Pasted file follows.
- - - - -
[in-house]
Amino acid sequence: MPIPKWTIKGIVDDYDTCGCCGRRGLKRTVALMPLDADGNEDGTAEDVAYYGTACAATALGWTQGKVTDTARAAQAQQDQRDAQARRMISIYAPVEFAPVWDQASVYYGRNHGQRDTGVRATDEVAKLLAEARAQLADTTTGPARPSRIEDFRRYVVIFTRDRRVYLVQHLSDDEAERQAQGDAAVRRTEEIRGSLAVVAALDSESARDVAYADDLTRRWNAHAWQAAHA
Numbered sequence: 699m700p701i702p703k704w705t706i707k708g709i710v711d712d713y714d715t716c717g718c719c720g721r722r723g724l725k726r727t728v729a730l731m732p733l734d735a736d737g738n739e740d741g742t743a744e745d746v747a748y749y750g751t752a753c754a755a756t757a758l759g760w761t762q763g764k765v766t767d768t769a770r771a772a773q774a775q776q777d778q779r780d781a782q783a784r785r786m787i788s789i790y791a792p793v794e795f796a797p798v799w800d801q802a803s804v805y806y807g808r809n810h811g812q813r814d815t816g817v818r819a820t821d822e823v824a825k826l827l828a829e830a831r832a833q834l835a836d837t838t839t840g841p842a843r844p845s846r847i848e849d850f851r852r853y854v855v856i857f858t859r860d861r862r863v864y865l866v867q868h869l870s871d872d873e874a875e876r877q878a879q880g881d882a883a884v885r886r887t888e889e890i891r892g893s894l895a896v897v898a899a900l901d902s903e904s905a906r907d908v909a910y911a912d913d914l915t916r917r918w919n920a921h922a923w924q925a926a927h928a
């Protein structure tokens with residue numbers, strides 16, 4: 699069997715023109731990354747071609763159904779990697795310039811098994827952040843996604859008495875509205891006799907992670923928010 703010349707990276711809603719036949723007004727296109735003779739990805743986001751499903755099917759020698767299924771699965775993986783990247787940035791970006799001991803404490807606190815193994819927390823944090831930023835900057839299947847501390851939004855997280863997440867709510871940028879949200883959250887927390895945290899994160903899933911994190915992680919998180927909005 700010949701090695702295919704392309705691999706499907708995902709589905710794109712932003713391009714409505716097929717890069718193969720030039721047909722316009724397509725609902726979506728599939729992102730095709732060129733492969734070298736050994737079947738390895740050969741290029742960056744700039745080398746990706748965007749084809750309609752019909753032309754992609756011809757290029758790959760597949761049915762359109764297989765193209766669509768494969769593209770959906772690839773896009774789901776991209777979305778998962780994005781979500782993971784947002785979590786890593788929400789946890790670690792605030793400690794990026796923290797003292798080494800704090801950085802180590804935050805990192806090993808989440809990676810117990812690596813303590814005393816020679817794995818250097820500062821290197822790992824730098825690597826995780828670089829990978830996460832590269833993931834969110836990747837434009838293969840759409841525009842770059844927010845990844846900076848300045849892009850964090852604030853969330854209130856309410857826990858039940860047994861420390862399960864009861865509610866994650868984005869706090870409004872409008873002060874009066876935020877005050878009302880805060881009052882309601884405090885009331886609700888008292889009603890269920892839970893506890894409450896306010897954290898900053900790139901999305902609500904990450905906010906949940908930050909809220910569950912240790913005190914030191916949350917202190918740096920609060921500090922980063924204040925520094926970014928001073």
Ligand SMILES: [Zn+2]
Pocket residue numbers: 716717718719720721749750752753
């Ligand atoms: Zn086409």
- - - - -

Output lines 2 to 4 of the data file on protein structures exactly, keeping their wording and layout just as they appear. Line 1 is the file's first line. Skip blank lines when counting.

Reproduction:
Amino acid sequence: MPIPKWTIKGIVDDYDTCGCCGRRGLKRTVALMPLDADGNEDGTAEDVAYYGTACAATALGWTQGKVTDTARAAQAQQDQRDAQARRMISIYAPVEFAPVWDQASVYYGRNHGQRDTGVRATDEVAKLLAEARAQLADTTTGPARPSRIEDFRRYVVIFTRDRRVYLVQHLSDDEAERQAQGDAAVRRTEEIRGSLAVVAALDSESARDVAYADDLTRRWNAHAWQAAHA
Numbered sequence: 699m700p701i702p703k704w705t706i707k708g709i710v711d712d713y714d715t716c717g718c719c720g721r722r723g724l725k726r727t728v729a730l731m732p733l734d735a736d737g738n739e740d741g742t743a744e745d746v747a748y749y750g751t752a753c754a755a756t757a758l759g760w761t762q763g764k765v766t767d768t769a770r771a772a773q774a775q776q777d778q779r780d781a782q783a784r785r786m787i788s789i790y791a792p793v794e795f796a797p798v799w800d801q802a803s804v805y806y807g808r809n810h811g812q813r814d815t816g817v818r819a820t821d822e823v824a825k826l827l828a829e830a831r832a833q834l835a836d837t838t839t840g841p842a843r844p845s846r847i848e849d850f851r852r853y854v855v856i857f858t859r860d861r862r863v864y865l866v867q868h869l870s871d872d873e874a875e876r877q878a879q880g881d882a883a884v885r886r887t888e889e890i891r892g893s894l895a896v897v898a899a900l901d902s903e904s905a906r907d908v909a910y911a912d913d914l915t916r917r918w919n920a921h922a923w924q925a926a927h928a
């Protein structure tokens with residue numbers, strides 16, 4: 699069997715023109731990354747071609763159904779990697795310039811098994827952040843996604859008495875509205891006799907992670923928010 703010349707990276711809603719036949723007004727296109735003779739990805743986001751499903755099917759020698767299924771699965775993986783990247787940035791970006799001991803404490807606190815193994819927390823944090831930023835900057839299947847501390851939004855997280863997440867709510871940028879949200883959250887927390895945290899994160903899933911994190915992680919998180927909005 700010949701090695702295919704392309705691999706499907708995902709589905710794109712932003713391009714409505716097929717890069718193969720030039721047909722316009724397509725609902726979506728599939729992102730095709732060129733492969734070298736050994737079947738390895740050969741290029742960056744700039745080398746990706748965007749084809750309609752019909753032309754992609756011809757290029758790959760597949761049915762359109764297989765193209766669509768494969769593209770959906772690839773896009774789901776991209777979305778998962780994005781979500782993971784947002785979590786890593788929400789946890790670690792605030793400690794990026796923290797003292798080494800704090801950085802180590804935050805990192806090993808989440809990676810117990812690596813303590814005393816020679817794995818250097820500062821290197822790992824730098825690597826995780828670089829990978830996460832590269833993931834969110836990747837434009838293969840759409841525009842770059844927010845990844846900076848300045849892009850964090852604030853969330854209130856309410857826990858039940860047994861420390862399960864009861865509610866994650868984005869706090870409004872409008873002060874009066876935020877005050878009302880805060881009052882309601884405090885009331886609700888008292889009603890269920892839970893506890894409450896306010897954290898900053900790139901999305902609500904990450905906010906949940908930050909809220910569950912240790913005190914030191916949350917202190918740096920609060921500090922980063924204040925520094926970014928001073």